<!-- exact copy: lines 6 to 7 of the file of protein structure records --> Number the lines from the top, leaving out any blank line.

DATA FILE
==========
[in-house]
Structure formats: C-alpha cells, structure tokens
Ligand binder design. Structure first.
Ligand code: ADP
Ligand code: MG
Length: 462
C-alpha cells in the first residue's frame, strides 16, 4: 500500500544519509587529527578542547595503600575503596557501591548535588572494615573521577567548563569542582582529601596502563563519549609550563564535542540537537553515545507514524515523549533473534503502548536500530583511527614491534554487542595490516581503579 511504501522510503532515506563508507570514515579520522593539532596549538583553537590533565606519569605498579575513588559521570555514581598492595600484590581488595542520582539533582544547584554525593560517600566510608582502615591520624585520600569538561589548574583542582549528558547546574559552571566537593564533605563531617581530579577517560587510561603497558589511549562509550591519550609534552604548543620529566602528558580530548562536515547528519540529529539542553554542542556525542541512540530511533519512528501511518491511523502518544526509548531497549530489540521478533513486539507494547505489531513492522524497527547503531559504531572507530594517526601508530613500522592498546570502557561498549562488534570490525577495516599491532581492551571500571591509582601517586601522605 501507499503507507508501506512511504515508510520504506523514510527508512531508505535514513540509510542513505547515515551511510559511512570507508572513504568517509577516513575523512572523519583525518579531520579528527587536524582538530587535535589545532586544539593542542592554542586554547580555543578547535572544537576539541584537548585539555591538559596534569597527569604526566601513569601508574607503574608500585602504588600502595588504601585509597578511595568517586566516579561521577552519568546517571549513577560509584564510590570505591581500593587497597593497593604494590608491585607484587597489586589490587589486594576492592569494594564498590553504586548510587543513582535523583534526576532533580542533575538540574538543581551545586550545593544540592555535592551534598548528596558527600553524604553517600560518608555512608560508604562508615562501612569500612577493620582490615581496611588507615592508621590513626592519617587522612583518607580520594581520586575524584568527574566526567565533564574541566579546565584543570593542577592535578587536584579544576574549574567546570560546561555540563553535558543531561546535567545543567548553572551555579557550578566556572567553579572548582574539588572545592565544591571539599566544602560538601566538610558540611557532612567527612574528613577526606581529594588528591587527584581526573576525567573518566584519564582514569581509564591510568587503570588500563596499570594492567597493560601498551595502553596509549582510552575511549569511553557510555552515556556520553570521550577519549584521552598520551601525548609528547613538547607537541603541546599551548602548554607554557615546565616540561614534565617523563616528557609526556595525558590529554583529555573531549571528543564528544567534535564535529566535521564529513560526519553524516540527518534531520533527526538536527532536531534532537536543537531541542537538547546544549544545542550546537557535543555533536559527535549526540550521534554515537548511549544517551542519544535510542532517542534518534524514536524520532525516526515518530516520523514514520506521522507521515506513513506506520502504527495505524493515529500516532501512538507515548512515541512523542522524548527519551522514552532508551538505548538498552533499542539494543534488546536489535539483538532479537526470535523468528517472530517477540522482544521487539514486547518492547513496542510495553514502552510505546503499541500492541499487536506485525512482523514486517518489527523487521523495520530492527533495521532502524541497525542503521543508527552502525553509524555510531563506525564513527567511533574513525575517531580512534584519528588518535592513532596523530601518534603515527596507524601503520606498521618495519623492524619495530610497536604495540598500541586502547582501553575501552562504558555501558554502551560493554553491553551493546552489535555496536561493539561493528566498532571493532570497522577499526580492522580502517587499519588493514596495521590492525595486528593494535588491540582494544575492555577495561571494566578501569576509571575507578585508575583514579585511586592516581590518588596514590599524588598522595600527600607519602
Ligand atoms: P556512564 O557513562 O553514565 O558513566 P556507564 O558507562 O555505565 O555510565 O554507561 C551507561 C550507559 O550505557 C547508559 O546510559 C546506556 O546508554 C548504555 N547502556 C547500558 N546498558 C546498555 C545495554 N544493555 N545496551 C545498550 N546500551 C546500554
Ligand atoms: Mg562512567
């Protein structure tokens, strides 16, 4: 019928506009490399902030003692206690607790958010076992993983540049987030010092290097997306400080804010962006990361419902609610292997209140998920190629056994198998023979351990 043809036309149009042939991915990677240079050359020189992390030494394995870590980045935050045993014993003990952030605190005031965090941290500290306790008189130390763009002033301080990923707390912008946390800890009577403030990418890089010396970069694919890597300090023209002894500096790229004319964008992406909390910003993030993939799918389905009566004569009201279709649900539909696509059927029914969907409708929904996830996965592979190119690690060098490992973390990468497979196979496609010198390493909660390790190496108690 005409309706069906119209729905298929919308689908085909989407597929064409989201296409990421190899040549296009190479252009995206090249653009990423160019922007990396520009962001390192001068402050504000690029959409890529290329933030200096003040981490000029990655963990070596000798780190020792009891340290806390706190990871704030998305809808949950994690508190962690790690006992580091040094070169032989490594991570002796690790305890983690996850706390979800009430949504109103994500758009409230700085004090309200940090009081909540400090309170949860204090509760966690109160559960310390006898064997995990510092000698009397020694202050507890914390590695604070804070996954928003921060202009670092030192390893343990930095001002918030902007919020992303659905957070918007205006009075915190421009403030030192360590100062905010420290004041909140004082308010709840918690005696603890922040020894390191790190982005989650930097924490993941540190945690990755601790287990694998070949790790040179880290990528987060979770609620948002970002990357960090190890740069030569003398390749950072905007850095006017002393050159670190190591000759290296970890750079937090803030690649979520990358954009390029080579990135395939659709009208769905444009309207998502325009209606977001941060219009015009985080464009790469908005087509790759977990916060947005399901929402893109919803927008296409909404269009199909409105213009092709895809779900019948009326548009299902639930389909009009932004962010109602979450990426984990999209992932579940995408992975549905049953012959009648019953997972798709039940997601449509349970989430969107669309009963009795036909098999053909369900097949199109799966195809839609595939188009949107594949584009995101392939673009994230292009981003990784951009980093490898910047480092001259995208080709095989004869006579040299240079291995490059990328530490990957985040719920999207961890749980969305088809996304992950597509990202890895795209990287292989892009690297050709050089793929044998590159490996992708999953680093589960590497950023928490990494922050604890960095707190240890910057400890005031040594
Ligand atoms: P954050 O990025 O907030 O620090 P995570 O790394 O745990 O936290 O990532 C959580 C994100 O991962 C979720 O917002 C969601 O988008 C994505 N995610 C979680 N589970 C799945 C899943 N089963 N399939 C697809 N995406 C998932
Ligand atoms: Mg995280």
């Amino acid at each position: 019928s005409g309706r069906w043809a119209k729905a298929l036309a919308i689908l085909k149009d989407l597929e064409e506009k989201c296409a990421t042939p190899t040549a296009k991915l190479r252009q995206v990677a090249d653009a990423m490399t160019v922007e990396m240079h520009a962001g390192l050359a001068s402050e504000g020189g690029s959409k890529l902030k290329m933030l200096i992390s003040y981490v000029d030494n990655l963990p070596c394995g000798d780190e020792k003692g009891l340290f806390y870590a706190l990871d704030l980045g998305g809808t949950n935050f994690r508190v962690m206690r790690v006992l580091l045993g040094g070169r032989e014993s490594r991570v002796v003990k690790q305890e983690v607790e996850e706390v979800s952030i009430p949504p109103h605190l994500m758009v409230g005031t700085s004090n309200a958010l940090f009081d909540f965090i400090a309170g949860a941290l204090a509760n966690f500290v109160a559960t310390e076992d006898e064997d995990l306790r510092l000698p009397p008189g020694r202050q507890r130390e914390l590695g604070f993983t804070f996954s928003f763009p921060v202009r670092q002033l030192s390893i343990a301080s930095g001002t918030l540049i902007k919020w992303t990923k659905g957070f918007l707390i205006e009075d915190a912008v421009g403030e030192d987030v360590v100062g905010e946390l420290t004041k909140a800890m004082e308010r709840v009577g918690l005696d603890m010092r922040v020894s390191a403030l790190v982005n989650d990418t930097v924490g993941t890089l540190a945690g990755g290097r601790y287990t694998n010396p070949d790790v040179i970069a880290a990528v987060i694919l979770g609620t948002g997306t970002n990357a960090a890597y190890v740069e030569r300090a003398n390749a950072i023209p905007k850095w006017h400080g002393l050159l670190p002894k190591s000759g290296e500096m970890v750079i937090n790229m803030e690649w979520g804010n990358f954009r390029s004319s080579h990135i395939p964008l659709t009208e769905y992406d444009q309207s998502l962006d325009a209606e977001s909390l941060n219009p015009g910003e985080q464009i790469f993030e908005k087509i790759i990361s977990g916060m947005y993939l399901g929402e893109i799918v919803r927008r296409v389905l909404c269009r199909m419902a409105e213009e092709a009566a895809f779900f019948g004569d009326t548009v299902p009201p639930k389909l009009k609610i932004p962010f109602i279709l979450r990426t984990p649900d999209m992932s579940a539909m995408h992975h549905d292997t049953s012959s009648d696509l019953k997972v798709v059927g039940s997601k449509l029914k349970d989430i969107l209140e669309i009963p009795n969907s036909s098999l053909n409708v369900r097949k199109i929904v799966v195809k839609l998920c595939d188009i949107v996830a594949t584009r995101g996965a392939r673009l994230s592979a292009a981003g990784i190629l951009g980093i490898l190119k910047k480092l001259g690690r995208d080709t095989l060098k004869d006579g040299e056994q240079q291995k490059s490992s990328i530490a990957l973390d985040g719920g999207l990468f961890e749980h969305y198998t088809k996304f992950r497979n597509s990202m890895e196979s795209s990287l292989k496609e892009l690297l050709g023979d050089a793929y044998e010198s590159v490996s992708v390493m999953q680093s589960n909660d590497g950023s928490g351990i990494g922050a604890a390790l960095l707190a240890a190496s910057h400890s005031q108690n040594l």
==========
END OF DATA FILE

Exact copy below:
Length: 462
C-alpha cells in the first residue's frame, strides 16, 4: 500500500544519509587529527578542547595503600575503596557501591548535588572494615573521577567548563569542582582529601596502563563519549609550563564535542540537537553515545507514524515523549533473534503502548536500530583511527614491534554487542595490516581503579 511504501522510503532515506563508507570514515579520522593539532596549538583553537590533565606519569605498579575513588559521570555514581598492595600484590581488595542520582539533582544547584554525593560517600566510608582502615591520624585520600569538561589548574583542582549528558547546574559552571566537593564533605563531617581530579577517560587510561603497558589511549562509550591519550609534552604548543620529566602528558580530548562536515547528519540529529539542553554542542556525542541512540530511533519512528501511518491511523502518544526509548531497549530489540521478533513486539507494547505489531513492522524497527547503531559504531572507530594517526601508530613500522592498546570502557561498549562488534570490525577495516599491532581492551571500571591509582601517586601522605 501507499503507507508501506512511504515508510520504506523514510527508512531508505535514513540509510542513505547515515551511510559511512570507508572513504568517509577516513575523512572523519583525518579531520579528527587536524582538530587535535589545532586544539593542542592554542586554547580555543578547535572544537576539541584537548585539555591538559596534569597527569604526566601513569601508574607503574608500585602504588600502595588504601585509597578511595568517586566516579561521577552519568546517571549513577560509584564510590570505591581500593587497597593497593604494590608491585607484587597489586589490587589486594576492592569494594564498590553504586548510587543513582535523583534526576532533580542533575538540574538543581551545586550545593544540592555535592551534598548528596558527600553524604553517600560518608555512608560508604562508615562501612569500612577493620582490615581496611588507615592508621590513626592519617587522612583518607580520594581520586575524584568527574566526567565533564574541566579546565584543570593542577592535578587536584579544576574549574567546570560546561555540563553535558543531561546535567545543567548553572551555579557550578566556572567553579572548582574539588572545592565544591571539599566544602560538601566538610558540611557532612567527612574528613577526606581529594588528591587527584581526573576525567573518566584519564582514569581509564591510568587503570588500563596499570594492567597493560601498551595502553596509549582510552575511549569511553557510555552515556556520553570521550577519549584521552598520551601525548609528547613538547607537541603541546599551548602548554607554557615546565616540561614534565617523563616528557609526556595525558590529554583529555573531549571528543564528544567534535564535529566535521564529513560526519553524516540527518534531520533527526538536527532536531534532537536543537531541542537538547546544549544545542550546537557535543555533536559527535549526540550521534554515537548511549544517551542519544535510542532517542534518534524514536524520532525516526515518530516520523514514520506521522507521515506513513506506520502504527495505524493515529500516532501512538507515548512515541512523542522524548527519551522514552532508551538505548538498552533499542539494543534488546536489535539483538532479537526470535523468528517472530517477540522482544521487539514486547518492547513496542510495553514502552510505546503499541500492541499487536506485525512482523514486517518489527523487521523495520530492527533495521532502524541497525542503521543508527552502525553509524555510531563506525564513527567511533574513525575517531580512534584519528588518535592513532596523530601518534603515527596507524601503520606498521618495519623492524619495530610497536604495540598500541586502547582501553575501552562504558555501558554502551560493554553491553551493546552489535555496536561493539561493528566498532571493532570497522577499526580492522580502517587499519588493514596495521590492525595486528593494535588491540582494544575492555577495561571494566578501569576509571575507578585508575583514579585511586592516581590518588596514590599524588598522595600527600607519602